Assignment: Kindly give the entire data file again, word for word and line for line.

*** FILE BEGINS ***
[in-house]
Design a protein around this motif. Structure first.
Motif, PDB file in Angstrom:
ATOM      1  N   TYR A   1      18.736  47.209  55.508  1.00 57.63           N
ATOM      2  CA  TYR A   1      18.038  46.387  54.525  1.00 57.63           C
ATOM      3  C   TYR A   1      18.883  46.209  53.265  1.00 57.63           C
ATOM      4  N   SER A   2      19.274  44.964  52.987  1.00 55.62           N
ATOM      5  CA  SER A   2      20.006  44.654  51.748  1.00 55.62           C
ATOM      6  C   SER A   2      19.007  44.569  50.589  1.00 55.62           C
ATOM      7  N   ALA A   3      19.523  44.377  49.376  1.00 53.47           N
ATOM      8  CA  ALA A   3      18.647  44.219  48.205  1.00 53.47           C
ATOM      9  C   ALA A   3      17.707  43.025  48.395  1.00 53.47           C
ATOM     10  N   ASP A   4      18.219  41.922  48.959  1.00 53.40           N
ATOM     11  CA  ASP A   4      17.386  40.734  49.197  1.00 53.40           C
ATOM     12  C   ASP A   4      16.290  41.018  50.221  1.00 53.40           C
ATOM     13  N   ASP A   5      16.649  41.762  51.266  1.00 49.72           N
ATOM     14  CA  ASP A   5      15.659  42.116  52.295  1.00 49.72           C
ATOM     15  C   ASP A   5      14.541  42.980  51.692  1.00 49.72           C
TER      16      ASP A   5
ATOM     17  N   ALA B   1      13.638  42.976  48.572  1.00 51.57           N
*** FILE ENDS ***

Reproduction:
[in-house]
Design a protein around this motif. Structure first.
Motif, PDB file in Angstrom:
ATOM      1  N   TYR A   1      18.736  47.209  55.508  1.00 57.63           N
ATOM      2  CA  TYR A   1      18.038  46.387  54.525  1.00 57.63           C
ATOM      3  C   TYR A   1      18.883  46.209  53.265  1.00 57.63           C
ATOM      4  N   SER A   2      19.274  44.964  52.987  1.00 55.62           N
ATOM      5  CA  SER A   2      20.006  44.654  51.748  1.00 55.62           C
ATOM      6  C   SER A   2      19.007  44.569  50.589  1.00 55.62           C
ATOM      7  N   ALA A   3      19.523  44.377  49.376  1.00 53.47           N
ATOM      8  CA  ALA A   3      18.647  44.219  48.205  1.00 53.47           C
ATOM      9  C   ALA A   3      17.707  43.025  48.395  1.00 53.47           C
ATOM     10  N   ASP A   4      18.219  41.922  48.959  1.00 53.40           N
ATOM     11  CA  ASP A   4      17.386  40.734  49.197  1.00 53.40           C
ATOM     12  C   ASP A   4      16.290  41.018  50.221  1.00 53.40           C
ATOM     13  N   ASP A   5      16.649  41.762  51.266  1.00 49.72           N
ATOM     14  CA  ASP A   5      15.659  42.116  52.295  1.00 49.72           C
ATOM     15  C   ASP A   5      14.541  42.980  51.692  1.00 49.72           C
TER      16      ASP A   5
ATOM     17  N   ALA B   1      13.638  42.976  48.572  1.00 51.57           N